Was this a novel attempt at composition for you? Talk us through the creative process for ‘Chapter.’
Krishna: With Dragon and Pieces to Keep, the uplifting composition was deliberate: I wanted to highlight the polarising dualities of my lived experience surrounding anxiety and heartbreak while having to keep my chin up, and I am so grateful that people were able to resonate with it. With Chapter, however, I no longer had the courage to keep a cheery mask on.

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The timbre of my guitar helped coax me into more melancholy, and Chapter came to me in the most natural way it could: subtle, acoustic, personal and sad. I haven’t dabbled with the guitar too many times before Chapter, and this opened me to a whole new range from a composition perspective. It was easier for me to melt into the embrace of sadness, with the depth of the guitar. It did result in me being a lot more conventional in terms of chords and melodic phrasing than I have with songs I wrote on my ukulele, but it was refreshing and a very meaningful songwriting experience for me.

I just sat at the edge of my bed, alone in my room with a guitar I’ve barely been acquainted with, and let the feelings pour out. Chapter was also one of the few times I’ve written a song with the intention of finishing it – as I wrote, I paid attention to the song’s structure and how I wanted the song to flow. It was one of the first times I really envisioned an end result while writing; I hoped that listeners would sense the vulnerability that the song came from, and I decided to keep it just vocals and guitar for this one because of that.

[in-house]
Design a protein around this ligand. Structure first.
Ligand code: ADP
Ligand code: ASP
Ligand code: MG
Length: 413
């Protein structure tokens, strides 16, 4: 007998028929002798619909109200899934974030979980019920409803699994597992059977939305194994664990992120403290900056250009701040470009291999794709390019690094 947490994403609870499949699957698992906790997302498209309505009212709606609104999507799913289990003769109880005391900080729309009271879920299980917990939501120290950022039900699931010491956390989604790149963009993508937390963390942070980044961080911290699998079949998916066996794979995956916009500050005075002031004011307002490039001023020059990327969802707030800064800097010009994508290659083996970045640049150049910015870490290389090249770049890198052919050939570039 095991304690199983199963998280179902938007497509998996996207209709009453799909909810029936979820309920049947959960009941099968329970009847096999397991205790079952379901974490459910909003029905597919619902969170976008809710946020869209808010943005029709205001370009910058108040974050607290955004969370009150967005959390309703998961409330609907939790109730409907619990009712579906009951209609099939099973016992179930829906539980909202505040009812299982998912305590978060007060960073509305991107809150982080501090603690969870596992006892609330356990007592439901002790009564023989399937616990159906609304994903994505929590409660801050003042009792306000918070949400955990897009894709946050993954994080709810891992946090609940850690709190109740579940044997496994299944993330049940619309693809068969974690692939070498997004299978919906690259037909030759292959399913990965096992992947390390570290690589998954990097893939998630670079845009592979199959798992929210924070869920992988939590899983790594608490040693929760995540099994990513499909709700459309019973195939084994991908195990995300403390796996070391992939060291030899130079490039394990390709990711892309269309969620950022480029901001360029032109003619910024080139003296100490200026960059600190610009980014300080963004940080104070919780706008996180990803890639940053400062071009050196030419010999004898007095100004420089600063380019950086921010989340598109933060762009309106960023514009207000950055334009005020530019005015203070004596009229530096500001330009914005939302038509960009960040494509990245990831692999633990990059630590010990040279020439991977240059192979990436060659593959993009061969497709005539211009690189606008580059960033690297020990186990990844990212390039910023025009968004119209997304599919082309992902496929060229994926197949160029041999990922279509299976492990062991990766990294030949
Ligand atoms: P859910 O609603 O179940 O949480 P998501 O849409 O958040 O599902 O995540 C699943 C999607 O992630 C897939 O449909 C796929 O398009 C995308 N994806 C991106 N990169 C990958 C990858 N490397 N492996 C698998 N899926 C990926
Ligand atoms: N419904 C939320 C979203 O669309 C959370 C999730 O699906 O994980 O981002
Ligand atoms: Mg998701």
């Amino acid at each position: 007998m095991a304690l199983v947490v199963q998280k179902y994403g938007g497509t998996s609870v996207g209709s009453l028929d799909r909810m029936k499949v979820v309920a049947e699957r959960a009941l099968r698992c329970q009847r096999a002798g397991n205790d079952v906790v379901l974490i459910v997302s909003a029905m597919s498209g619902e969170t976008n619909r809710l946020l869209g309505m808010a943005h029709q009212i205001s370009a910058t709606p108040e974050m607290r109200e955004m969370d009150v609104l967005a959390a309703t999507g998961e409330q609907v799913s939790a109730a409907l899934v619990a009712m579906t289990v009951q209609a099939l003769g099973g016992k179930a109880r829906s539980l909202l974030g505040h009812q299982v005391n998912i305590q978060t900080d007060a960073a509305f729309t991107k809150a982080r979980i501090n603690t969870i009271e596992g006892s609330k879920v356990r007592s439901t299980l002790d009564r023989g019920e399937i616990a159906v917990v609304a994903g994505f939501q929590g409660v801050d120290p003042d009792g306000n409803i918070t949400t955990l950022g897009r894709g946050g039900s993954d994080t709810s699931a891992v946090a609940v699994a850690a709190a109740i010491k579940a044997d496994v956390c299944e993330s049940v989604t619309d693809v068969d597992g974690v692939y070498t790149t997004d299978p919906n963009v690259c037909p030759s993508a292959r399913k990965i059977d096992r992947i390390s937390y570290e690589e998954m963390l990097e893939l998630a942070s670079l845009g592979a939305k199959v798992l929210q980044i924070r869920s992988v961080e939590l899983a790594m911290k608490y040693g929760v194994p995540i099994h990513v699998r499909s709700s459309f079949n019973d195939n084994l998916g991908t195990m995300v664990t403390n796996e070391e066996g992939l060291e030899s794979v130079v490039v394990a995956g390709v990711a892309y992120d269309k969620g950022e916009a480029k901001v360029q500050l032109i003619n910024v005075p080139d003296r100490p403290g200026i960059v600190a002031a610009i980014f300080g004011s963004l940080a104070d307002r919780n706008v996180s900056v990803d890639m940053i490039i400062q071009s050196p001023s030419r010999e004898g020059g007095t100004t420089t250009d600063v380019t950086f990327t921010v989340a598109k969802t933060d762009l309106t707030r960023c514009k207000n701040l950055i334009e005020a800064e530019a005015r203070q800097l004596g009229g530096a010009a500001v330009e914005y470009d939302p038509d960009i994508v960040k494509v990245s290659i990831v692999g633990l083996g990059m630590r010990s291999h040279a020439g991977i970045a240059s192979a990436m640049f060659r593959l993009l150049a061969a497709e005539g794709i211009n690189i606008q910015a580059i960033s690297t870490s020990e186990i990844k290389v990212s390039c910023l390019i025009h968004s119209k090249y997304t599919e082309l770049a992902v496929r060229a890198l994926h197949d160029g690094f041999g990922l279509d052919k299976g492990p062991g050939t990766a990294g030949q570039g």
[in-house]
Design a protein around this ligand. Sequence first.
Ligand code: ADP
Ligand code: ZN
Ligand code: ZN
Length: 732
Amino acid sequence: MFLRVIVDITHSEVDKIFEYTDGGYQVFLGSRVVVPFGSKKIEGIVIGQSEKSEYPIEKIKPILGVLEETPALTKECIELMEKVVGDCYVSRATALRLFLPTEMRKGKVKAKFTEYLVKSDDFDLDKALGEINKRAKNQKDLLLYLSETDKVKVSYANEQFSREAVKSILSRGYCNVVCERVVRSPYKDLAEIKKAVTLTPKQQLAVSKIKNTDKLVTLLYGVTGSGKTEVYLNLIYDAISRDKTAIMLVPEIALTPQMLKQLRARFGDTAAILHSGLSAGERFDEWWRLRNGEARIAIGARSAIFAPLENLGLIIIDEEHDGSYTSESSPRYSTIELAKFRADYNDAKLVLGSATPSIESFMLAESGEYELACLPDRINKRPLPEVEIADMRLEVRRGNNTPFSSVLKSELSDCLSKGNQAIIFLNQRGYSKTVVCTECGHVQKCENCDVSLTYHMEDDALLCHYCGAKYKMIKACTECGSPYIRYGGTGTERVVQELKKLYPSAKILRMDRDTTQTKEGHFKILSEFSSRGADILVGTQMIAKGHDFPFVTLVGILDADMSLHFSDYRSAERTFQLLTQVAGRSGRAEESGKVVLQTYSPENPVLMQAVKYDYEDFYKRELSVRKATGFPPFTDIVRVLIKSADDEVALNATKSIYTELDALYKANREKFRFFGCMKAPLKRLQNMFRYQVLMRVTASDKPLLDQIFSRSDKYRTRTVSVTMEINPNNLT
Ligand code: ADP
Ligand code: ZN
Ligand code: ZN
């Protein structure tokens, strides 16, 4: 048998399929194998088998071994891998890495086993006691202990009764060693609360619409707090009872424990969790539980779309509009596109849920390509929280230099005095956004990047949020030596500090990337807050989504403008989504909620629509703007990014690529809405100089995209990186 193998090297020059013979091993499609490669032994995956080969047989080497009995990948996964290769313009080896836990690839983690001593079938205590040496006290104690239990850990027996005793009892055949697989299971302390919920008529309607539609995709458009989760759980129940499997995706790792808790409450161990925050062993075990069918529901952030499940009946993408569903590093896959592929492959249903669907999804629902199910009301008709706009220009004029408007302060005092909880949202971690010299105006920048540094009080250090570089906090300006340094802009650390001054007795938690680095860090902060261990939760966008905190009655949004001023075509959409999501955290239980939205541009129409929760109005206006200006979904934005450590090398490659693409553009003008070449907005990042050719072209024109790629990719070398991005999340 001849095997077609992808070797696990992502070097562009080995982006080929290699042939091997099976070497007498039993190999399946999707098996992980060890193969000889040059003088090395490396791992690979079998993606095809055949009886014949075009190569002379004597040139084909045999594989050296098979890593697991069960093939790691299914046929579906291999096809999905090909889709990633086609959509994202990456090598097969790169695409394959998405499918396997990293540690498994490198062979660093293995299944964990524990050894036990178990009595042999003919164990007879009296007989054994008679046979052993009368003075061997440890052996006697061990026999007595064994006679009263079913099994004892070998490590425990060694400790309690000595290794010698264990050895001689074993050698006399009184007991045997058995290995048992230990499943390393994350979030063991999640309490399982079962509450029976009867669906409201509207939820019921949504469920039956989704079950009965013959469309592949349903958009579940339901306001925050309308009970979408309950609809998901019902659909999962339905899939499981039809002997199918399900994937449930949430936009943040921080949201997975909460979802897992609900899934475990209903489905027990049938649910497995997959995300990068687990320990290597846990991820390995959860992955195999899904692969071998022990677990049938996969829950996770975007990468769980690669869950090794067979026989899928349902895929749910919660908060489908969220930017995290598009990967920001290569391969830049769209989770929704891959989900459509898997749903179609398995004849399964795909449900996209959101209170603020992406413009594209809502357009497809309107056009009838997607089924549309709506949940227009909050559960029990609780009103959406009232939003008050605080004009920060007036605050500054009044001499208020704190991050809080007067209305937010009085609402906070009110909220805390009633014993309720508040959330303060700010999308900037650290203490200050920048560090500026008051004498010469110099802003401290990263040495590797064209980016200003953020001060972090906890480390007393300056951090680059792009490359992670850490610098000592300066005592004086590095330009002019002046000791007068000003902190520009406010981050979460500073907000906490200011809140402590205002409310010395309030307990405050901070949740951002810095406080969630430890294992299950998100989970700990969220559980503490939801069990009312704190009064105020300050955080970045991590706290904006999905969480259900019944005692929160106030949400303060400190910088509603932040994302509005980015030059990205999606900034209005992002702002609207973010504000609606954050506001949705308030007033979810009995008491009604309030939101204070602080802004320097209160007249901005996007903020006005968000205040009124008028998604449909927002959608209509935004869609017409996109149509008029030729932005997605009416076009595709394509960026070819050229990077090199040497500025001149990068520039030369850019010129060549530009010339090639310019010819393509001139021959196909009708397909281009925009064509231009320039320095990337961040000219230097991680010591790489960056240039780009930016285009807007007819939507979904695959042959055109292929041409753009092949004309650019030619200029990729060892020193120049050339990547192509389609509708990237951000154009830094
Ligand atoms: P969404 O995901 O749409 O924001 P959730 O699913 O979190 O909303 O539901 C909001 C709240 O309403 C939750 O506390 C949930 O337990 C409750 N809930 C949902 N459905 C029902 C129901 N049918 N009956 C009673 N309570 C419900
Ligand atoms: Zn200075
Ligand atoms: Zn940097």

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TF: How do you think your perspective and approach to music have changed since you released ‘Pieces To Keep’ or ‘Butterflies,’ which were released over two years ago?
Krishna: Back when I put out Pieces to Keep or Butterflies, I was exploring what I wanted my music to sound like. I was an emotional writer trying to find my place in a world where music focuses on production value, and I still am. I had the remarkable opportunity to work with AKR on Butterflies, and saw how expansive our music could be.

With Chapter, I slipped back to my roots. I regressed into that 15-year-old who knew nothing about DAWs and production, and just wanted to find a safer way to feel; to express his feelings. I think my approach to music remains unstable, just like my relationship with music is. I take things as I go, and have no idea what the next song might sound like – I think that’s scary, but also very freeing.